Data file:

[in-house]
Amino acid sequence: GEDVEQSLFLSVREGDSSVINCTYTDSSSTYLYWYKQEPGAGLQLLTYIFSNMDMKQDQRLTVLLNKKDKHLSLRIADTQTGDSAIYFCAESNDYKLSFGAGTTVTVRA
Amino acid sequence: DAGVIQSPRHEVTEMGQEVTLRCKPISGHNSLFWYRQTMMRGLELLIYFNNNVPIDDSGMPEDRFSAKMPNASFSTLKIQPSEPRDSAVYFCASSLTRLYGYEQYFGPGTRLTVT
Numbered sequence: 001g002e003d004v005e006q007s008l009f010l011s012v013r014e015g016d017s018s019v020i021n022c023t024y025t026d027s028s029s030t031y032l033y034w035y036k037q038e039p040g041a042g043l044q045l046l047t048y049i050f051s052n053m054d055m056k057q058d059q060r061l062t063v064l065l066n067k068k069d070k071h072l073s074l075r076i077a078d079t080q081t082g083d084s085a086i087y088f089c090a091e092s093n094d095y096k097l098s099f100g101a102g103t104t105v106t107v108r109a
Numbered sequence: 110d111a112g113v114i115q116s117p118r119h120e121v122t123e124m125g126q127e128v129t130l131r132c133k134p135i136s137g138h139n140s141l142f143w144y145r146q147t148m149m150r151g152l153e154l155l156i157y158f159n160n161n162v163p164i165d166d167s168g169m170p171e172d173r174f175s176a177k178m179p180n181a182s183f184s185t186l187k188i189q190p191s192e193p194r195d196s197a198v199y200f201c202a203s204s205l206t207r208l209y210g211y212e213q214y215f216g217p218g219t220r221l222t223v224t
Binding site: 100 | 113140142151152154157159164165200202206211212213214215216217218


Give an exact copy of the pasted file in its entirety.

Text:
[in-house]
Amino acid sequence: GEDVEQSLFLSVREGDSSVINCTYTDSSSTYLYWYKQEPGAGLQLLTYIFSNMDMKQDQRLTVLLNKKDKHLSLRIADTQTGDSAIYFCAESNDYKLSFGAGTTVTVRA
Amino acid sequence: DAGVIQSPRHEVTEMGQEVTLRCKPISGHNSLFWYRQTMMRGLELLIYFNNNVPIDDSGMPEDRFSAKMPNASFSTLKIQPSEPRDSAVYFCASSLTRLYGYEQYFGPGTRLTVT
Numbered sequence: 001g002e003d004v005e006q007s008l009f010l011s012v013r014e015g016d017s018s019v020i021n022c023t024y025t026d027s028s029s030t031y032l033y034w035y036k037q038e039p040g041a042g043l044q045l046l047t048y049i050f051s052n053m054d055m056k057q058d059q060r061l062t063v064l065l066n067k068k069d070k071h072l073s074l075r076i077a078d079t080q081t082g083d084s085a086i087y088f089c090a091e092s093n094d095y096k097l098s099f100g101a102g103t104t105v106t107v108r109a
Numbered sequence: 110d111a112g113v114i115q116s117p118r119h120e121v122t123e124m125g126q127e128v129t130l131r132c133k134p135i136s137g138h139n140s141l142f143w144y145r146q147t148m149m150r151g152l153e154l155l156i157y158f159n160n161n162v163p164i165d166d167s168g169m170p171e172d173r174f175s176a177k178m179p180n181a182s183f184s185t186l187k188i189q190p191s192e193p194r195d196s197a198v199y200f201c202a203s204s205l206t207r208l209y210g211y212e213q214y215f216g217p218g219t220r221l222t223v224t
Binding site: 100 | 113140142151152154157159164165200202206211212213214215216217218